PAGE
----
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The happy hero see,
No vain schemes confounding him,

All his joys surrounding him,
Dear he holds his native land, its laws, and liberty.

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O white foaming Rhaider, by thy roaring fall,
How oft the last words of my love I recal,
When the fresh blowing blossom he pluck'd from yon tree,

gave it all blushing and fragrant to me:
Accept it, my Lucy, and long may it prove
A pleasing memorial of innocent love."

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O dear is that blossom, tho' faded, to me,
But it ne'er can return to unfold on the tree!
Nor ever will destiny Owen restore
To flourish again on his lov'd native shore :
Tho' its odour exhale, and its beauty decay,
'Twill remind me of him, and that sorrowful day,

This token of passion, so tender and true,
My bosom shall cherish, my tears shall bedew,
When I muse upon Owen and wander alone,
And think of those hours that for ever are flown,
I feel its soft magic, and find it a charm
To keep my heart spotless, and constant, and warm.

Then why should my youth feel the blight of despair,
Sweet visions of fancy may lighten my care !
Rise, pleasing remembrance, and banish my fears,
That hope may spring up, in the dew of those tears,
For smiling propitious, kind heaven may once more
My peace and my pleasure, with Owen restore.

Then Rhaider, hoarse dashing, with clamourous joy,
Shall witness the truth, that no time can destroy,
To welcome my love to his dear native isle,
Then gay in new beauty the valley shall smile:
And wreaths of fresh flow'rets shall deck out the trees
That so often has shelter'd my Owen and me

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AIR-I saw thy form.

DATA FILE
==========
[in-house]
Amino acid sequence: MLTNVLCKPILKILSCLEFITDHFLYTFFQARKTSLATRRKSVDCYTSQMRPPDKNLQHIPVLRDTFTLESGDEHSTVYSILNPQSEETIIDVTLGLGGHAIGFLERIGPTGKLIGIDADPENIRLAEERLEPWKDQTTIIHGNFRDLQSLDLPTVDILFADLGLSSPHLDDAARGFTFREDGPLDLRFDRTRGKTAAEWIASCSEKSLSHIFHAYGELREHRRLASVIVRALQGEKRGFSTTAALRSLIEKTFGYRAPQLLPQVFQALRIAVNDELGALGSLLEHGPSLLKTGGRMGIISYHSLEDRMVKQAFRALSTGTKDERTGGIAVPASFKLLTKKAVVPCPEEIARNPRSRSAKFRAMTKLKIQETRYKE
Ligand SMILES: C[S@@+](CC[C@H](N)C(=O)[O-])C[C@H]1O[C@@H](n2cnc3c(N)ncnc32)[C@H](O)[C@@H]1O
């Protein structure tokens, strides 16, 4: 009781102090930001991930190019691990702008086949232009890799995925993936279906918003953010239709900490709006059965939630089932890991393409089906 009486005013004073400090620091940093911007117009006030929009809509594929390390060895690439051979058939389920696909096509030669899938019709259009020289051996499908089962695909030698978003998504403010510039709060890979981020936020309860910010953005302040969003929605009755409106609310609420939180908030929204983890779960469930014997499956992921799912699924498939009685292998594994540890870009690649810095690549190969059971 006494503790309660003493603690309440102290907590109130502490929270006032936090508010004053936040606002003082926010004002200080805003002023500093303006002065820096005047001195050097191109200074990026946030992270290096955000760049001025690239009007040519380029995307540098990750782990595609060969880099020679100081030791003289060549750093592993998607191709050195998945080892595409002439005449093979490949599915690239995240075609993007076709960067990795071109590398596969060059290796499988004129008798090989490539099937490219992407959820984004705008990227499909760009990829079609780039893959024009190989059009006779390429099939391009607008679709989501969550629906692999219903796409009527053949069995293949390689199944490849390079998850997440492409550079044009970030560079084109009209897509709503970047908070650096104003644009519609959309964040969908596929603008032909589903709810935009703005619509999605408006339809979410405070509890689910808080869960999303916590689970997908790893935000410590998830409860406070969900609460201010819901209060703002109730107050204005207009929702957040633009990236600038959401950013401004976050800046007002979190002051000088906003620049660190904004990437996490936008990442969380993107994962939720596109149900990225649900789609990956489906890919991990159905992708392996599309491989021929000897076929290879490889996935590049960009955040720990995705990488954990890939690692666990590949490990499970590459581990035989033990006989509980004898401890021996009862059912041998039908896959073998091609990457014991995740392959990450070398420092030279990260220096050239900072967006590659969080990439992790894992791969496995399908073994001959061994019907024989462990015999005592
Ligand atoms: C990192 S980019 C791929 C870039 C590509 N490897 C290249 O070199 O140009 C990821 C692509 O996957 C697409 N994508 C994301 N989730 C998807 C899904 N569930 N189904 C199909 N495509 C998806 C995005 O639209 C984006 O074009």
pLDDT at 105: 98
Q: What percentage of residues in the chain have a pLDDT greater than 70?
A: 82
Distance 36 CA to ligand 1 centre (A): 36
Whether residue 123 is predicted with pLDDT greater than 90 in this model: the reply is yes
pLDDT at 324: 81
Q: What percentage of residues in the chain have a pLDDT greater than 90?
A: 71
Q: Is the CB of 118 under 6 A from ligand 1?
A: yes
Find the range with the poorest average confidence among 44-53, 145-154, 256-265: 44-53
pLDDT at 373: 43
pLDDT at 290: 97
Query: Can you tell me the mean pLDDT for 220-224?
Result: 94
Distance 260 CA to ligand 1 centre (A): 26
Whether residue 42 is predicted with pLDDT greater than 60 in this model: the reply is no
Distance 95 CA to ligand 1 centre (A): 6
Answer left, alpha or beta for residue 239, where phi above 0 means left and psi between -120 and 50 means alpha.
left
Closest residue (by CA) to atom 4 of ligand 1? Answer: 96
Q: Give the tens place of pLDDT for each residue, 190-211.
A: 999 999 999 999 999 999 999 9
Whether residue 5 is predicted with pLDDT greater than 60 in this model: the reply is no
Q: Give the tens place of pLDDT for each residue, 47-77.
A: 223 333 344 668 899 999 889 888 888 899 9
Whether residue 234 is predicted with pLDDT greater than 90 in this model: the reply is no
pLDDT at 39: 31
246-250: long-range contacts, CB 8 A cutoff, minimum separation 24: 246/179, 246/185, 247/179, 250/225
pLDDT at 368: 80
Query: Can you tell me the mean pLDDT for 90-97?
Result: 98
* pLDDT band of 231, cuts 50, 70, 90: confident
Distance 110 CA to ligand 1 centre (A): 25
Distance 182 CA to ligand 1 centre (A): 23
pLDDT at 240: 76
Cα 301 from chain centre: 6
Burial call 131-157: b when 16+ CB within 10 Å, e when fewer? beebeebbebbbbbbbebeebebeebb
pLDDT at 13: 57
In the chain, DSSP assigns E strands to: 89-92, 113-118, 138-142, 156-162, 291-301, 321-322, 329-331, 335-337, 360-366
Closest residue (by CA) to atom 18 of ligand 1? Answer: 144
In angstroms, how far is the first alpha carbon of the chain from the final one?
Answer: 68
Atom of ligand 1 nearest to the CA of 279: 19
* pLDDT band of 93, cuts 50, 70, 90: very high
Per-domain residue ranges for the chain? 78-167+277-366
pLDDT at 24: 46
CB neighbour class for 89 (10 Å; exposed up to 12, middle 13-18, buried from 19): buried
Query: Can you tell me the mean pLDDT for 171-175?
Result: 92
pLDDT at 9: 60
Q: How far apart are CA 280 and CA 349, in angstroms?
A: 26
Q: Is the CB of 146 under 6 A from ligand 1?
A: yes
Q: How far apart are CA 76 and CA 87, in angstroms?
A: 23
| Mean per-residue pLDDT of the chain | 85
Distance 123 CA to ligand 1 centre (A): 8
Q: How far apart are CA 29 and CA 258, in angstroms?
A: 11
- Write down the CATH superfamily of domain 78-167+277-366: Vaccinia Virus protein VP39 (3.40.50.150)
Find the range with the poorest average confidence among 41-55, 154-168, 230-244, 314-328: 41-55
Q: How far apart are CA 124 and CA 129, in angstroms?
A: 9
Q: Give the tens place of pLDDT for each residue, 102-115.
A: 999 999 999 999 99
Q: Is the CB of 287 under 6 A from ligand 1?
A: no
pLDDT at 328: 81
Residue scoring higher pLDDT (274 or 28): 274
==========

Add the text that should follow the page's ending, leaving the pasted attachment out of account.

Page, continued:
O thou hast seen the lily fair

All bath'd in morning dew,
And thou hast seen the lovely rose,

Just opening to the view, Mary,

The lily bath'd in morning dew,

The rose so fair to see,
Are not more pure than her I love,

Are not more fair than thee, Mary,

But soon before time's withering blast,

The rose and lily fade,
For ev'n will beauty such as thine,

Outlive its darkening shade, Mary.

Yet there is that within thy breast

Will ruthless time defy,
A mind—will bloom when beauty fades,

Will flourish in yon sky, Mary.



Now clos'd for aýe thy coal-black een,

That fondly gaz'd on me,-0 Willy,
And lifeless lies that manly form,

I aye was fain to see my Willy.
Ah! luckless hour thou strave for hame,

Last night, across the Clyde-dear Willy, This morn a stiffen'd corse brought hame,

Alake, 'tis hard to bide— O Willy.

The owlet hooted sair yestreen,

And thrice the soot it fell-dear Willy, The tyke cam' late, and howl'd aloud,

It seem'd the dying knell o' Willy. Deep were the snaws, keen were my waess

The bairns oft cried for thee,--their Willy, I trembling said, he'll soon be here,

The wee things ne'er clos'd e'e, Willy.

And when I saw the thick sleet fa',

A bleezing fire I made for Willy, Then watch'd, and watch'd as it


dark, And I grew mair. afraid for Willy. I thought I heard the pony's foot,

And ran thy voice to hear, ah, Willy, The wind blew hollow, but nae sound

My sinking heart did cheer- O Willy.

The clock struck ane,--the clock struck twa,

The clock struck three and four- no Willy, I thought I heard the pony's foot,

And flew to ope the door to Willy; The pony neigh'd—but thou wert lost,

I sank upon the snaw, for Willy, Thy wraith appear'd e’en where I lay,

And whisper'd thou wert drown'd-O Willy

The moon was up, in vain I sought

The stiffen'd corse o' thine, lost Willy, 'Twill soon, soon mingle wi' the dust,

And near it sae will mine-O Willy. Gae dry your tears, my bairnies five,

Gae dry your tears o' sorrow, dearies, Your father's cares are at an end,

And sae will mine ere morrow, dearies,

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